New Program Fosters Well-Rounded STEM Graduates
By Rafael Ben-Menashe
Beginning in the next academic year, 1,500 incoming students in Engineering, Exact Sciences and Life Sciences will encounter a new opportunity in their studies: they will be able to take three Humanities courses as part of their regular degree requirements. The force behind this move – a first in Israel – is the Jack, Joseph and Morton Mandel Center for Humanities in STEM at TAU.
“Students will experience dramatically different learning styles by switching between humanities and STEM subjects," says Prof. Yochai Oppenheimer, a member of TAU's Department of Hebrew Literature and Academic Head of the Mandel Center. He describes this change as “a refreshing jump into a pool for the mind” and says that, through the Mandel Center, TAU is embracing a global trend of incorporating liberal arts into science and technology curricula. The focus will be on introductory and survey courses that will instill essential skills of humanistic thought such as critical thinking, debating, writing, ethical analysis and more.
Battling a worldwide trend
Around the world, enrollment in the humanities has fallen over the last two decades while that of STEM has increased. At Tel Aviv University, the number of undergraduates at the Entin Faculty of Humanities dropped from 2,600 in 2003 to 1,600 in 2018, a reduction of 38% over 15 years.
In response, the Jack , Joseph and Morton Mandel Foundation, under the leadership of the late Morton L. Mandel, pioneered the Program for Humanities in Engineering at TAU in 2016. Completely new on the Israeli academic landscape at the time, the Program allowed a group of 25 honors students to add a sizeable humanities module to their engineering studies. They were given generous scholarships along with personal mentors to guide them in course selection. The Program was a great success: Participants praised it and top tech companies expressed eagerness to hire graduates.
Based on these positive results, in 2019 TAU established the Jack, Joseph and Morton Mandel Center for STEM and the Humanities to replicate the Jack, Joseph and Morton Mandel Program for Humanities in Engineering for outstanding Exact Sciences and Life Sciences students as well. The newest expansion of the initiative, toward the 2021-22 school year, will extend humanities offerings to all incoming STEM students at TAU.
“The Mandel Center reinforces the humanities’ relevance to science and technology, nurturing well-rounded technological leaders in Israel. Presently the Israeli Council for Higher Education is considering duplicating the program at other Israeli universities,” says Oppenheimer.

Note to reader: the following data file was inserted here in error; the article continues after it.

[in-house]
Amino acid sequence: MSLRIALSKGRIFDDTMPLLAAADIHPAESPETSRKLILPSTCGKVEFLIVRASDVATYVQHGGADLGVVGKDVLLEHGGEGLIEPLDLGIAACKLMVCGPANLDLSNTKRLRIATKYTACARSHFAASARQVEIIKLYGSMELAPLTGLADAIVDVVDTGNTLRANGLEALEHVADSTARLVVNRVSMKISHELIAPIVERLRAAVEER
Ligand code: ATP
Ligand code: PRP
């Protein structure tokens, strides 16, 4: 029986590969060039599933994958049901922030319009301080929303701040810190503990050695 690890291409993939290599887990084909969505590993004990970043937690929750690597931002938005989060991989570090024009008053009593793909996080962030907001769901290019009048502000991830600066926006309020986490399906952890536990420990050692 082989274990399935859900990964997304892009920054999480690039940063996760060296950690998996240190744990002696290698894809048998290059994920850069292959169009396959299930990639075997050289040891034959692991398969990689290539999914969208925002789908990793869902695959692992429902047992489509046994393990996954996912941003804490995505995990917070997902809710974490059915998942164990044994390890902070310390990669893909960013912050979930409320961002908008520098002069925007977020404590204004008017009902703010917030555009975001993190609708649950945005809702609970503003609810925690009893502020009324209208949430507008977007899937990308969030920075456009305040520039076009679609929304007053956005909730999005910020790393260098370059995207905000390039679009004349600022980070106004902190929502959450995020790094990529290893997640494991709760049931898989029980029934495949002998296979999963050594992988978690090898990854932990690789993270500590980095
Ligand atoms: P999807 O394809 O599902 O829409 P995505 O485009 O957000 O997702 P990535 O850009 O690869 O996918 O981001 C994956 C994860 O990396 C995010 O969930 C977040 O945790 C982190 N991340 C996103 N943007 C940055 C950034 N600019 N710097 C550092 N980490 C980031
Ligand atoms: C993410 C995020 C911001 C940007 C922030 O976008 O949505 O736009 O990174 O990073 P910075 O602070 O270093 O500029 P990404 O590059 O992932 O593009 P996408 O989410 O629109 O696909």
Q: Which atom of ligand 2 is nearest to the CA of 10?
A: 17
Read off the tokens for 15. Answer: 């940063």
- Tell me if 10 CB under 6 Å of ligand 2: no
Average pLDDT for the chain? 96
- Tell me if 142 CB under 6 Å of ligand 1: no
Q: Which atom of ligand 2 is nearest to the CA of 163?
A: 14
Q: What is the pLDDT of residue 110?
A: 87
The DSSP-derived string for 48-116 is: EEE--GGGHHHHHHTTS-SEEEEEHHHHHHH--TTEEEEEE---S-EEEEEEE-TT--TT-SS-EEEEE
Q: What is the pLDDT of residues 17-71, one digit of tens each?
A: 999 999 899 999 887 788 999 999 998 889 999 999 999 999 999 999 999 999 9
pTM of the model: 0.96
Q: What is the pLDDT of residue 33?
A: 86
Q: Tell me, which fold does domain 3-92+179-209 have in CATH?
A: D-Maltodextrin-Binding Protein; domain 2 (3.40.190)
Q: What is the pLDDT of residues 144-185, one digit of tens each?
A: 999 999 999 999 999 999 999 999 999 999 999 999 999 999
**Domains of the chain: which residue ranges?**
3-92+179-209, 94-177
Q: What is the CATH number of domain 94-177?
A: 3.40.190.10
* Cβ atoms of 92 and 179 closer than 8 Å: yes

Students enrolled in Mandel Center-sponsored humanities courses say they provide a bonus, a break from the more regimented styles of thinking in STEM subjects.
“In the sciences, we fear questions that don’t ultimately have definitive answers,” says Michal Levin, a fourth-year engineering student. “In the humanities, we are taught to embrace those types of questions.”
Similarly, Ido Mellul, a first-year biology student, says: “The program has helped me better formulate philosophical questions in a scientific context. For example, I questioned my lecturers regarding applied ethics in the case of gene-editing technology,” he says. “This was something I didn’t think I could do before.”
Levin also points to the Mandel Scholarship she received as a tremendous aid in her studies. “It eliminated the stress of finding work and financing my life while studying.”
The courses offered through the Mandel Center cover philosophy, rhetoric, cultural studies, literature and history.
“The idea behind the program immediately struck a chord with me,” says Amit Alkoni, a third-year engineering student. “I served in an engineering unit of the Intelligence Corps in the army, and my service helped me envision how effective evaluation of communication and ethics can expand my professional horizons.These are tools I ultimately acquired through studying the humanities.”
Last year, shortly before his death, TAU conferred its highest honor, the degree of Doctor Philosophiae Honoris Causa, upon Morton Mandel, an entrepreneur and lifelong Israel supporter, for his visionary support of TAU.
“The Mandel Foundation’s generosity has allowed TAU to rejuvenate the humanities, ensuring that TAU students benefit from this crucial school of thought, which in turn benefits Israeli society as a whole,” says TAU President Prof. Ariel Porat.
Prof. Jehuda Reinharz, President and CEO of of the Jack, Joseph and Morton Mandel Foundation, adds: “We are delighted to collaborate with Tel Aviv University on this important venture. The combination of STEM subjects with humanities education is precisely the kind of preparation every student should have today and in the future before he/she enters the work force. Given the decline in humanistic education and values this is the time to have such interdisciplinary programs. Tel Aviv University is a pioneer in this far-sighted work across the disciplines, and I am quite certain that it will become a model for many other institutions in Israel and abroad."